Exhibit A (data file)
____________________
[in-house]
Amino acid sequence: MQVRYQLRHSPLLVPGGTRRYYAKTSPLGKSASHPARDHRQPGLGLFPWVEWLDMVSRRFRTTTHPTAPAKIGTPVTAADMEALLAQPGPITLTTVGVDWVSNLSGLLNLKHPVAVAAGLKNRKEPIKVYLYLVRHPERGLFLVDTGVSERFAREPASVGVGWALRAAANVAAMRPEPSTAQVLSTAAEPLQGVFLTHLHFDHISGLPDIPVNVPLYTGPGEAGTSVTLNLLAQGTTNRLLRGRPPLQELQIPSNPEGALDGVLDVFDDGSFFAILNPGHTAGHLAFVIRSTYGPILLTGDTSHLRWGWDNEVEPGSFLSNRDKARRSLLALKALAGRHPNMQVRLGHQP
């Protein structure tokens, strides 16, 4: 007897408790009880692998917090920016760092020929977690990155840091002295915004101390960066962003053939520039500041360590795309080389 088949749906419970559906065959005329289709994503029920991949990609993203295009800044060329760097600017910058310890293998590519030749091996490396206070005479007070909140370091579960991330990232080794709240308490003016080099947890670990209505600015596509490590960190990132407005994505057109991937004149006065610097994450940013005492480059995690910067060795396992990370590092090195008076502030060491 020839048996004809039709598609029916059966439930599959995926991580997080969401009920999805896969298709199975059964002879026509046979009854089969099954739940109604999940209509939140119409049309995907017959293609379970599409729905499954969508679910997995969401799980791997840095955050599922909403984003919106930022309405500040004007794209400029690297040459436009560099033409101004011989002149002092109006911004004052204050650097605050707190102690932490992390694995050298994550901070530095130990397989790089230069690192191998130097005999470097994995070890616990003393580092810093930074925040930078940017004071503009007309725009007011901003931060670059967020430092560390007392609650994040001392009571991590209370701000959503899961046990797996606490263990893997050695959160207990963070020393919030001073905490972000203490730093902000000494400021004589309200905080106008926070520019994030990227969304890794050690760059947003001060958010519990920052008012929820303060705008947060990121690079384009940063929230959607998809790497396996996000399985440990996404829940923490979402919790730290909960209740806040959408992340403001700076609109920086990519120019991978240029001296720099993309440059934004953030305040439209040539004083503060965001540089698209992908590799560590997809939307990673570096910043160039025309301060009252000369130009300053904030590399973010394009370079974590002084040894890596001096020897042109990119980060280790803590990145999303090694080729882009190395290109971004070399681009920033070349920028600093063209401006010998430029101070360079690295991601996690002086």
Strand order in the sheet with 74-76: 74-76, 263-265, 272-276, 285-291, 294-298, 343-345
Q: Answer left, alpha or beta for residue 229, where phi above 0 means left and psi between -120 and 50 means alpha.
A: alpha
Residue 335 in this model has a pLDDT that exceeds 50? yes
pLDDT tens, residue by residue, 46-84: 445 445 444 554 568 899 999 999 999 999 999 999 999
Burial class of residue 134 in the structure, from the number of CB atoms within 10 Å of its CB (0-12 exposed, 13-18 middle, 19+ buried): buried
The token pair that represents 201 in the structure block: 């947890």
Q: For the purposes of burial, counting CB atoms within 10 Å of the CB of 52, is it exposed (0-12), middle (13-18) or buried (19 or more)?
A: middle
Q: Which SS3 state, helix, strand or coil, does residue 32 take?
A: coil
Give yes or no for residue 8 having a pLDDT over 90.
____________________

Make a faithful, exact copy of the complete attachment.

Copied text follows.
[in-house]
Amino acid sequence: MQVRYQLRHSPLLVPGGTRRYYAKTSPLGKSASHPARDHRQPGLGLFPWVEWLDMVSRRFRTTTHPTAPAKIGTPVTAADMEALLAQPGPITLTTVGVDWVSNLSGLLNLKHPVAVAAGLKNRKEPIKVYLYLVRHPERGLFLVDTGVSERFAREPASVGVGWALRAAANVAAMRPEPSTAQVLSTAAEPLQGVFLTHLHFDHISGLPDIPVNVPLYTGPGEAGTSVTLNLLAQGTTNRLLRGRPPLQELQIPSNPEGALDGVLDVFDDGSFFAILNPGHTAGHLAFVIRSTYGPILLTGDTSHLRWGWDNEVEPGSFLSNRDKARRSLLALKALAGRHPNMQVRLGHQP
């Protein structure tokens, strides 16, 4: 007897408790009880692998917090920016760092020929977690990155840091002295915004101390960066962003053939520039500041360590795309080389 088949749906419970559906065959005329289709994503029920991949990609993203295009800044060329760097600017910058310890293998590519030749091996490396206070005479007070909140370091579960991330990232080794709240308490003016080099947890670990209505600015596509490590960190990132407005994505057109991937004149006065610097994450940013005492480059995690910067060795396992990370590092090195008076502030060491 020839048996004809039709598609029916059966439930599959995926991580997080969401009920999805896969298709199975059964002879026509046979009854089969099954739940109604999940209509939140119409049309995907017959293609379970599409729905499954969508679910997995969401799980791997840095955050599922909403984003919106930022309405500040004007794209400029690297040459436009560099033409101004011989002149002092109006911004004052204050650097605050707190102690932490992390694995050298994550901070530095130990397989790089230069690192191998130097005999470097994995070890616990003393580092810093930074925040930078940017004071503009007309725009007011901003931060670059967020430092560390007392609650994040001392009571991590209370701000959503899961046990797996606490263990893997050695959160207990963070020393919030001073905490972000203490730093902000000494400021004589309200905080106008926070520019994030990227969304890794050690760059947003001060958010519990920052008012929820303060705008947060990121690079384009940063929230959607998809790497396996996000399985440990996404829940923490979402919790730290909960209740806040959408992340403001700076609109920086990519120019991978240029001296720099993309440059934004953030305040439209040539004083503060965001540089698209992908590799560590997809939307990673570096910043160039025309301060009252000369130009300053904030590399973010394009370079974590002084040894890596001096020897042109990119980060280790803590990145999303090694080729882009190395290109971004070399681009920033070349920028600093063209401006010998430029101070360079690295991601996690002086």
Strand order in the sheet with 74-76: 74-76, 263-265, 272-276, 285-291, 294-298, 343-345
Q: Answer left, alpha or beta for residue 229, where phi above 0 means left and psi between -120 and 50 means alpha.
A: alpha
Residue 335 in this model has a pLDDT that exceeds 50? yes
pLDDT tens, residue by residue, 46-84: 445 445 444 554 568 899 999 999 999 999 999 999 999
Burial class of residue 134 in the structure, from the number of CB atoms within 10 Å of its CB (0-12 exposed, 13-18 middle, 19+ buried): buried
The token pair that represents 201 in the structure block: 């947890």
Q: For the purposes of burial, counting CB atoms within 10 Å of the CB of 52, is it exposed (0-12), middle (13-18) or buried (19 or more)?
A: middle
Q: Which SS3 state, helix, strand or coil, does residue 32 take?
A: coil
Give yes or no for residue 8 having a pLDDT over 90.